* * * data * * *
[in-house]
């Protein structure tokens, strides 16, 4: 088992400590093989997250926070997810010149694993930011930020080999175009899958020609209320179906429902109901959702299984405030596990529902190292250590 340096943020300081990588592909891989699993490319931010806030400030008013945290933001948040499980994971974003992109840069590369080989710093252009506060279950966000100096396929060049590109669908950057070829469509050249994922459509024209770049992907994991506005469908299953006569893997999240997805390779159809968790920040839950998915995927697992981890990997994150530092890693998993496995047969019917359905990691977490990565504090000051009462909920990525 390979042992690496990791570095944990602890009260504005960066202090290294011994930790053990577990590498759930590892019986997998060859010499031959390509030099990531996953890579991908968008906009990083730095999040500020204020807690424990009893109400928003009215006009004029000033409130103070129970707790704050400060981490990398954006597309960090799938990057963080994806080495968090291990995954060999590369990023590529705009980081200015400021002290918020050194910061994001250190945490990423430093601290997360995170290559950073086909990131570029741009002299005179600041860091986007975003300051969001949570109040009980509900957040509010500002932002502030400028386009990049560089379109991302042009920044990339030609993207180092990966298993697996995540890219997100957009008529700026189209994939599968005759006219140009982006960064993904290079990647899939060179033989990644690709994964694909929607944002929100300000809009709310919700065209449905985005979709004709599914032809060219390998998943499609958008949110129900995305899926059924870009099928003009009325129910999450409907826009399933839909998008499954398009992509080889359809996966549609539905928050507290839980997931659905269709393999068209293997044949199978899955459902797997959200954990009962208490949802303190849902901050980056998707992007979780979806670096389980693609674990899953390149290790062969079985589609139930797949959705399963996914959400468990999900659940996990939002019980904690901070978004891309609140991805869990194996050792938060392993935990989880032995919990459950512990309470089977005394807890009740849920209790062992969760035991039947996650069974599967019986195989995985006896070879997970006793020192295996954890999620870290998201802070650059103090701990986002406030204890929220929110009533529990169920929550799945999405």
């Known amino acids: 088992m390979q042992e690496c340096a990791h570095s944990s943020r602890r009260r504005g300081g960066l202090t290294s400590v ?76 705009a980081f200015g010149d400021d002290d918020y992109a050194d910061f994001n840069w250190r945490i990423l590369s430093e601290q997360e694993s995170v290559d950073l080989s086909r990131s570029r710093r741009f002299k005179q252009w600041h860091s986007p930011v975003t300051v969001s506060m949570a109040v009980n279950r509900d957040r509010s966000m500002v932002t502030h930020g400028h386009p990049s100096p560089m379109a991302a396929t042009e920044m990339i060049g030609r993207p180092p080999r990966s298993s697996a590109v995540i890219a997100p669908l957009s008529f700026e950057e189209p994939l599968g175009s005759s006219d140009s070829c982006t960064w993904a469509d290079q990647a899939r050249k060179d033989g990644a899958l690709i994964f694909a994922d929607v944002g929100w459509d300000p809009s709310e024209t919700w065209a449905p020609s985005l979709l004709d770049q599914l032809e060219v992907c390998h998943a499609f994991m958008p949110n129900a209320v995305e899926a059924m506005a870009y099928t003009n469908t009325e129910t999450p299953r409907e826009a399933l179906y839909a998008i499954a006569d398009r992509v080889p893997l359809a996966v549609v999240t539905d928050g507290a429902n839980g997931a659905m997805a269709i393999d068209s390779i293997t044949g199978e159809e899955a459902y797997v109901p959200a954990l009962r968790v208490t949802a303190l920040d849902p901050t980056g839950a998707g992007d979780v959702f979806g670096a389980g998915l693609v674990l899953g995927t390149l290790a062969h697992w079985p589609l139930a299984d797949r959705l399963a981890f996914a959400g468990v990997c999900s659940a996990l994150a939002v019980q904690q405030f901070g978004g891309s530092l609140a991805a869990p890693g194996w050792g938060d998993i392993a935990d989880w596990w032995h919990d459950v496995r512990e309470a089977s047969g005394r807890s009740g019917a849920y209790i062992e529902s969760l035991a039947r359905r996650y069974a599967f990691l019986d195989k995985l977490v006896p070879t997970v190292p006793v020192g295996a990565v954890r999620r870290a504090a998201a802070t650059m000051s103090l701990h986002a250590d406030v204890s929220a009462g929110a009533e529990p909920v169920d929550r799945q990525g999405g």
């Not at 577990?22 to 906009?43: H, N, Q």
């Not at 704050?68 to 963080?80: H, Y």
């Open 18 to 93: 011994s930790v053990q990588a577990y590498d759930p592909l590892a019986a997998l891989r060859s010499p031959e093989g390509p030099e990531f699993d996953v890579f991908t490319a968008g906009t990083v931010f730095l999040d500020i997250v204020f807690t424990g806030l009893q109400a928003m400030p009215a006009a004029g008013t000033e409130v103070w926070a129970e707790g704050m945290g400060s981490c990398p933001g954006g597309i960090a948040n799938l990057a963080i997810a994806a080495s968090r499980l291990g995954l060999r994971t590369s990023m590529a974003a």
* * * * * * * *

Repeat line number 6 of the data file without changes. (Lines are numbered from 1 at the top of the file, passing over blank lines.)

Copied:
């Open 18 to 93: 011994s930790v053990q990588a577990y590498d759930p592909l590892a019986a997998l891989r060859s010499p031959e093989g390509p030099e990531f699993d996953v890579f991908t490319a968008g906009t990083v931010f730095l999040d500020i997250v204020f807690t424990g806030l009893q109400a928003m400030p009215a006009a004029g008013t000033e409130v103070w926070a129970e707790g704050m945290g400060s981490c990398p933001g954006g597309i960090a948040n799938l990057a963080i997810a994806a080495s968090r499980l291990g995954l060999r994971t590369s990023m590529a974003a």